To say that we will never overeat again is not realistic but I found some truths to this, the more junk one eats the more the craving never go away. I have said for years that sugar is a drug that we want more of once we eat it. Keeping the blood sugar level stable works for me every time and I have learned over the years that this is the key as I have documented my eating patterns. My diet consists mostly of whole foods and lots of protein which tends to make me alive and energized, sugar and excessive fats make me tired and irritated. I teach this to women and try to get them to understand that they need to stop being obsessed with weightloss but start looking at what you are eating and focus on good nutrition. Losing weight is so complicated but you can do it once you find what works for you and across the board I would say that eating for weight loss is a losing battle because along with this is the diet mentality that most women refuse to let go of. The world of weight loss will never be at a loss of books, scams and quick fixes. The bottom line for me is that good nutrition, exercise, a positive attitude and a will to never give up is the winning combination for anyone who needs and wants to lose weight.

    The biggest piece of my success has been exercise,which to me is the crucial component to any long-term weight loss program. I have been teaching fitness classes for 20 years and now have video’s out on the market for women to do at home. I created SHAPELYGIRL FITNESS FOR LARGER WOMEN, my goal is to get people moving for weight loss.

    debra mazda

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  4. Shining Star

    Does this book sound totally believable? Yes. Does this makes sense that cooperations could have a hand in the obesity epidemic? Yes. If you say no to either of these two questions. Just take a ride up and down the east coast from Florida to New York and see if you don’t see the same strip malls and gas stations. Everything is carbon copy from city to city unless you are talking about older structures or new cooperation buildings. Cooperations push the same mass produced stuff irregardless to whether it’s healthy for some or even most people unless it is profitable.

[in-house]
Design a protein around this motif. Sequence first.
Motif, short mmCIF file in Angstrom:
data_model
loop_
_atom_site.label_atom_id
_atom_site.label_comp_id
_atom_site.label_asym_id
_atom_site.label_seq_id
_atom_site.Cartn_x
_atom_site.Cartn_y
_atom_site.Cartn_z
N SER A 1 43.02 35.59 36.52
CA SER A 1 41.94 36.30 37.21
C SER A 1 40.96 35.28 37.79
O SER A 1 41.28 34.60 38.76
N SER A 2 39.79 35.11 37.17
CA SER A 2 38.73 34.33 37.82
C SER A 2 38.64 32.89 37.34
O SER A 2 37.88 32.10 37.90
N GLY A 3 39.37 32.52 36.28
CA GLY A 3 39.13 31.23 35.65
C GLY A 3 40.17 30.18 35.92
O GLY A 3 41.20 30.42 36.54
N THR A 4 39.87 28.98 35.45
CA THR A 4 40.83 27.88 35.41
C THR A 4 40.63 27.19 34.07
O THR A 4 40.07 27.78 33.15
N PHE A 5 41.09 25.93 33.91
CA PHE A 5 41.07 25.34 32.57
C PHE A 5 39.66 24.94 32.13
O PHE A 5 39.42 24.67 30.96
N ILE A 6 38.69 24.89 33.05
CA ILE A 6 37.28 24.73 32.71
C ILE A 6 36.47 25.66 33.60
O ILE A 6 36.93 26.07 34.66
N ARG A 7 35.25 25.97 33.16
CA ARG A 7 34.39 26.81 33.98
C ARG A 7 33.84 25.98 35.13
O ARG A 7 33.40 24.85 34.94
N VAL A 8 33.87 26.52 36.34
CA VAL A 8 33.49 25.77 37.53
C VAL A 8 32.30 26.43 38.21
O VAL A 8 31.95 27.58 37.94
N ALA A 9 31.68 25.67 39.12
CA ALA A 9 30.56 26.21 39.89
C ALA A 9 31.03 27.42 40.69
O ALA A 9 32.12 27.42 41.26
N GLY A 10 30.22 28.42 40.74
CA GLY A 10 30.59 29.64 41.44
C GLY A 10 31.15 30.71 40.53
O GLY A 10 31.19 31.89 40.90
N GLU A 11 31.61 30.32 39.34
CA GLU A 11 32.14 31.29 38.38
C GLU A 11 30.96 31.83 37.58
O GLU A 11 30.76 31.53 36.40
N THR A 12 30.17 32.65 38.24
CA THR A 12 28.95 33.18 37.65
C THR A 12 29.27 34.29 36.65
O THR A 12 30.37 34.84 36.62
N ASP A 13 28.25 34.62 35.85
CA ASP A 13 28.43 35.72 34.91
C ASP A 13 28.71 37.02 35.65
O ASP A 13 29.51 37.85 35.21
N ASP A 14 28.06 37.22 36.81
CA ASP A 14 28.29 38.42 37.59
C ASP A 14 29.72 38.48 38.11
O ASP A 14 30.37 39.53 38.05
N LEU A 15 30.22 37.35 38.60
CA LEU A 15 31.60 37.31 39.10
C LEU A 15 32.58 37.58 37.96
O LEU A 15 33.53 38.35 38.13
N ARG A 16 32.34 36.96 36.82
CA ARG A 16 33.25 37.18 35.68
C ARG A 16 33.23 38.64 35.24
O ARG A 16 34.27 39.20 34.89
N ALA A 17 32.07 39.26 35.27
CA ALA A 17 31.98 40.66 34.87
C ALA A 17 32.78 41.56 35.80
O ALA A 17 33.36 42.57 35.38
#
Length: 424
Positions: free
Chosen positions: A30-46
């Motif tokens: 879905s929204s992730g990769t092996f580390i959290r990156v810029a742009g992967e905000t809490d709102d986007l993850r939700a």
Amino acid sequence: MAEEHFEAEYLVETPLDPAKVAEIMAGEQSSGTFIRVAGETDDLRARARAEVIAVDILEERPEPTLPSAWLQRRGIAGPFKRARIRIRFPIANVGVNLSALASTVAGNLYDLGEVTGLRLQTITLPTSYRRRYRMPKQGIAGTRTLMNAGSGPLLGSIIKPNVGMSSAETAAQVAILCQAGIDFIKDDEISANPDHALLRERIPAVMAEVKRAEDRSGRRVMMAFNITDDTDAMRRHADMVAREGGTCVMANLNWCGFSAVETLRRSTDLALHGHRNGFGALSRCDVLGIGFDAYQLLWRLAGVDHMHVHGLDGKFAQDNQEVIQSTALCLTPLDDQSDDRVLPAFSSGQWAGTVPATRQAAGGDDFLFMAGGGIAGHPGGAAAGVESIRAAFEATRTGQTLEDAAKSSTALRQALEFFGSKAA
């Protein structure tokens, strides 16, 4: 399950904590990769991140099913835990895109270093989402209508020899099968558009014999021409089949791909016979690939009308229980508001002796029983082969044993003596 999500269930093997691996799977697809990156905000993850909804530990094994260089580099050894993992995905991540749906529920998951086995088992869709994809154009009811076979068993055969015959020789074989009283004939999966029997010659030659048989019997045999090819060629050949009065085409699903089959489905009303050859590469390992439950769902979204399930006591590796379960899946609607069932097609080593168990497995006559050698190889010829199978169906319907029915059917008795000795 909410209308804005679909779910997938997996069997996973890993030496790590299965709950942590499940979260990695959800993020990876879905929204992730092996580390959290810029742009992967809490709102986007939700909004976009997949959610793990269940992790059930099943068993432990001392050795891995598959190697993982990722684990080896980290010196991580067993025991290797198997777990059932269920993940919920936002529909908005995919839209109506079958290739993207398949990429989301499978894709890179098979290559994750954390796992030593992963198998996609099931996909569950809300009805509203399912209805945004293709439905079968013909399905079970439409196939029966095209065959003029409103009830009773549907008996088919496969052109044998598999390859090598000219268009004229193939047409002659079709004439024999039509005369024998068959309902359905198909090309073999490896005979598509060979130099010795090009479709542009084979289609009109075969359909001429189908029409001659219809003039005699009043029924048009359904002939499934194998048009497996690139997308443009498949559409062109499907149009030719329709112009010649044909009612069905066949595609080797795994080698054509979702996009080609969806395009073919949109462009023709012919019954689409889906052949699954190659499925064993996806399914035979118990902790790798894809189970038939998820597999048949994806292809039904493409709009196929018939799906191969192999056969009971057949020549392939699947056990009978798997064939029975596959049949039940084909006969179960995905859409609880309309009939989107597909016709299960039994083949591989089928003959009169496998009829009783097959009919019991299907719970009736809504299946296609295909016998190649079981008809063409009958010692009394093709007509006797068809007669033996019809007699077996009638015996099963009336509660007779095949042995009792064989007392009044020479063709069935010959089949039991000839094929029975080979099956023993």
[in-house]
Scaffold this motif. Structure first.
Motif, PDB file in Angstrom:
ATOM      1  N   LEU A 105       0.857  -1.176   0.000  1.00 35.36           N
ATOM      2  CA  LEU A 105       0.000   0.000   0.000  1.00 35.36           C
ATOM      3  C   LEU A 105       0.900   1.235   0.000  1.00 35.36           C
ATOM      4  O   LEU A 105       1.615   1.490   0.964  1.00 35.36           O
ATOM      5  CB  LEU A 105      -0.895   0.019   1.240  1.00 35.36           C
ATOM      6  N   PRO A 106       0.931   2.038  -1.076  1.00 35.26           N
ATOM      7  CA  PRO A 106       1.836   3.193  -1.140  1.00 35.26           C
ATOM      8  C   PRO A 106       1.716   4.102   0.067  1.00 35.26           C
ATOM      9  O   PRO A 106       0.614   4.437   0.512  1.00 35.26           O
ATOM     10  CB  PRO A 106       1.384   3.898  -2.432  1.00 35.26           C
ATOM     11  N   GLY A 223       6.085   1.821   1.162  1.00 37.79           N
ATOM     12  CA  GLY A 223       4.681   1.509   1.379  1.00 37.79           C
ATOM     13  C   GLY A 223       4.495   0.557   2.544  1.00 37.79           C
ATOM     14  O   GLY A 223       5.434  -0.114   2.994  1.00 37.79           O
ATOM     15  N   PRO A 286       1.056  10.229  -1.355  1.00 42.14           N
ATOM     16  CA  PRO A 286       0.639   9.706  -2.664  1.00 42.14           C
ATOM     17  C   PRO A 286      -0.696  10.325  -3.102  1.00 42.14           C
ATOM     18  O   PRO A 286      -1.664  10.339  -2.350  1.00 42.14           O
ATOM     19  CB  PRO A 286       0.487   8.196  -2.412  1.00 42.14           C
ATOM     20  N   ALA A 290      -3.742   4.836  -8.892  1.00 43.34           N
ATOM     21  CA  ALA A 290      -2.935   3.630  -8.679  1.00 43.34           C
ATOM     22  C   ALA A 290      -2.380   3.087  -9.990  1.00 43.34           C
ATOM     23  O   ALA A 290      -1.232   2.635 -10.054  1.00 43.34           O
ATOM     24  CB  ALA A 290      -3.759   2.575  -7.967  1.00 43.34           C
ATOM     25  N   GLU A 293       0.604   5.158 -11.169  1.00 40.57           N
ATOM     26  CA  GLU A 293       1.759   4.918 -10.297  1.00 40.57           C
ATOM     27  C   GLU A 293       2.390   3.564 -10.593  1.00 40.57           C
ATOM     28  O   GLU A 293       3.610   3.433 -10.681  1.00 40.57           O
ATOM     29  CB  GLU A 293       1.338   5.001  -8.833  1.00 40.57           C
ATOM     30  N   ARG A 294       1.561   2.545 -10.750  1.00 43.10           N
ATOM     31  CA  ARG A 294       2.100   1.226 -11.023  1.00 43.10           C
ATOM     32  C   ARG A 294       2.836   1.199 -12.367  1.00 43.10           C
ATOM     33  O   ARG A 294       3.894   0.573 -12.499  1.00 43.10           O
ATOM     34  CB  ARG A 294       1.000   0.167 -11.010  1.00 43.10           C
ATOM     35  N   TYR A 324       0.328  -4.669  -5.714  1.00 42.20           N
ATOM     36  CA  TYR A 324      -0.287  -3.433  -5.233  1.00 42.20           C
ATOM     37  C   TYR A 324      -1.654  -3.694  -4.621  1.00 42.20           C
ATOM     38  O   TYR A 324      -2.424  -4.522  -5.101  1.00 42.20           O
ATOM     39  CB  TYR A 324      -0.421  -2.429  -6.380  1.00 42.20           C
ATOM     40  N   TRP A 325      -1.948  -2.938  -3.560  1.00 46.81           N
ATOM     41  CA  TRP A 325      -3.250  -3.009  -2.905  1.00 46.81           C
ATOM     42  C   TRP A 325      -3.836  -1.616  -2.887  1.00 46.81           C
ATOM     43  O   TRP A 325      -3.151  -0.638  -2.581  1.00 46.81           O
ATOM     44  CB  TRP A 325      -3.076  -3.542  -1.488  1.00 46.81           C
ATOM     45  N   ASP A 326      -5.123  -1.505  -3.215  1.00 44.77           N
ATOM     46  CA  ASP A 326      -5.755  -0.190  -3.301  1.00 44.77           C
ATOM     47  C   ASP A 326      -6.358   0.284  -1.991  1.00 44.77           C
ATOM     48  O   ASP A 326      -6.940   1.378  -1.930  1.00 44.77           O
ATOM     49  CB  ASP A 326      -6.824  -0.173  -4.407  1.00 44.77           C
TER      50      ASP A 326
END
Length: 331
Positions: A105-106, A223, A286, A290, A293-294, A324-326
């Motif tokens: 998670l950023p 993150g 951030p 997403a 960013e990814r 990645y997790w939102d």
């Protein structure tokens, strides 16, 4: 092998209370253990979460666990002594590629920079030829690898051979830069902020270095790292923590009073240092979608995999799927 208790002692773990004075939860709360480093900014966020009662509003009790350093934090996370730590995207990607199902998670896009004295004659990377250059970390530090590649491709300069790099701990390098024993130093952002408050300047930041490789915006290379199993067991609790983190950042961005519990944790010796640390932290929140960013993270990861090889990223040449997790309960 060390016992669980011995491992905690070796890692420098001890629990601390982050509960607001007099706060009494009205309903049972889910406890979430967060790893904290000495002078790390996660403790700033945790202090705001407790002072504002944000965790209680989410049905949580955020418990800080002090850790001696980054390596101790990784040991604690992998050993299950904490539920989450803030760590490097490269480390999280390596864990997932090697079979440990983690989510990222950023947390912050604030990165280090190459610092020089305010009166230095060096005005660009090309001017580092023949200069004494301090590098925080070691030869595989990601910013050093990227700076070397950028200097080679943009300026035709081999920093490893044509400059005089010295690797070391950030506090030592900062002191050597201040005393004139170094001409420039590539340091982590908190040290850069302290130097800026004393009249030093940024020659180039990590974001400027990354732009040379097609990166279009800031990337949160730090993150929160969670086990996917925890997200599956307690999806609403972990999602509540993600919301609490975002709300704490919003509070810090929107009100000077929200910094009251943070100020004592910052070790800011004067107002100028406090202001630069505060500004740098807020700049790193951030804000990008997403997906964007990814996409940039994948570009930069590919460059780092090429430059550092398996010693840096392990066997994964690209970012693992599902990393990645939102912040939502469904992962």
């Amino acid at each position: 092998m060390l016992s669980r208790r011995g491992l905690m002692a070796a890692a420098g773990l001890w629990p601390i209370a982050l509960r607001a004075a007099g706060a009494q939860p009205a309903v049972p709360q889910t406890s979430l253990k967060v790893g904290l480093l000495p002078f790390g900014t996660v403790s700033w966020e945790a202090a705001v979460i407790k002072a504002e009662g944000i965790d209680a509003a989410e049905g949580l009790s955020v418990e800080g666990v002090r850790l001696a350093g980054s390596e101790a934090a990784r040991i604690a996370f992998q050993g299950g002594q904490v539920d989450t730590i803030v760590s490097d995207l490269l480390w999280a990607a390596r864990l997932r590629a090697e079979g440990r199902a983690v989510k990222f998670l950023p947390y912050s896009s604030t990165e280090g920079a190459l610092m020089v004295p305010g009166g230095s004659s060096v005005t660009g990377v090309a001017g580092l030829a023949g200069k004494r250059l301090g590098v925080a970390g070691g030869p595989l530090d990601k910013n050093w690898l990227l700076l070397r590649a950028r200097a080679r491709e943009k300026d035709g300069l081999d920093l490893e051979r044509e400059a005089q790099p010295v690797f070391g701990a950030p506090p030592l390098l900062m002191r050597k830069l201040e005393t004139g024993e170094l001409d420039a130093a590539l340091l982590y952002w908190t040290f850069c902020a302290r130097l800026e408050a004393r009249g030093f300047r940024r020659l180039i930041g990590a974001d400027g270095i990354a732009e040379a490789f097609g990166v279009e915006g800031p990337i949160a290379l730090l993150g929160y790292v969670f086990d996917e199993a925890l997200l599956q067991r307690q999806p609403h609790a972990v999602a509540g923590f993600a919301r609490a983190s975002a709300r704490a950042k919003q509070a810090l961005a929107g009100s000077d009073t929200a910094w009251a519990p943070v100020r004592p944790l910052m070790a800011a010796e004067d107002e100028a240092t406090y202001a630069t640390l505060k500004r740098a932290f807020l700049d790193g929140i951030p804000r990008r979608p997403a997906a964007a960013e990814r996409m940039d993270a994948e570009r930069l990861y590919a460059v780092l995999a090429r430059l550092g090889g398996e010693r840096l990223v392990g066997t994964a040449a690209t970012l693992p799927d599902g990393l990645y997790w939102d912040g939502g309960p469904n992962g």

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  5. FatMatters

    I’m a clinical psychologist and have worked intensively with people with compulsive eating problems for over 30 years. There is a great deal of truth to what the review of Dr. Kessler’s books says. This is a theory and, as yet, unproven with respect to scientific study. The clinical data does support some sort of connection between compulsive overeating and psychological/brain factors. I have helped people become “normal eating people” for many years so whatever the factor is, it is not permanent nor addictive in the strict sense of the word. I believe (and I have written about it in my book, Mind Over Fat Matters, Overcoming Psychological Barriers to Weight Management, that the issue has to do with what I call “psychological deprivation” from restrictive, fad dieting. It is definitely a conquerable problem. Dr. Lavinia Rodriguez

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  6. Spectra

    This just reinforces my own weight maintenance strategy…namely, that you can’t really gain a lot of weight by overeating veggies and fruits. If you really want to fill up without it showing up on your hips the next day, snack on a big bowl of raw broccoli florets, some carrots, celery stalks, and a few jicama sticks. The thing is, most people aren’t realistically going to do that; they’re going to sit down with a bag of Doritos and a bowl of ice cream because those foods are more palatable. I myself DO snack on raw veggies all the time because I know they’re healthy and will fill me up. Then again, I’m not the “average” American, I suppose.

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  7. Katie

    Just because he doesn’t agree with you does not mean that the man does not know anything. You always throw the word “socialist” around and you clearly have no idea what it means, other than in the tortured, commonplace American usage. Socialism indicates an economic system in which the workers own the means of production. Socialism, as described by Marx, allows for the development of the individual by ensuring their needs are provided for and in his description democratizes learning and the arts. The well known attempts to put socialism into practice on a large scale bastardize his description of socialism as much as radical free market capitalists bastardize Adam Smith’s description of the free market. Larger government is not the same as socialism.

    Corporations pursue their own interests, which means the interests of their stockholders, regardless of the interests of consumers, many of whom have no other practical means of providing their own needs but for using those corporations. If the interests of the consumers are offended or injured, it does not matter to the corporation who will continue to do so (as we learned with the case of trans fat) until an outside force steps in and the government helps to enforce it.

    (I apologize for the political tangent, but I have heard too many people in recent months ignorantly use the word “socialist”.)

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  8. Barry

    I heard this guy on NPR last week. Basically, we’re all a bunch of helpless victims. Corporations are evil. Blah, blah… blah. The usual psuedo-scientific quasi-socialist clap trap.

    About the only good thing I heard was his point that eating refined carbohydrates, for some people, causes an increase in hunger leading them to eat still more.

    Reply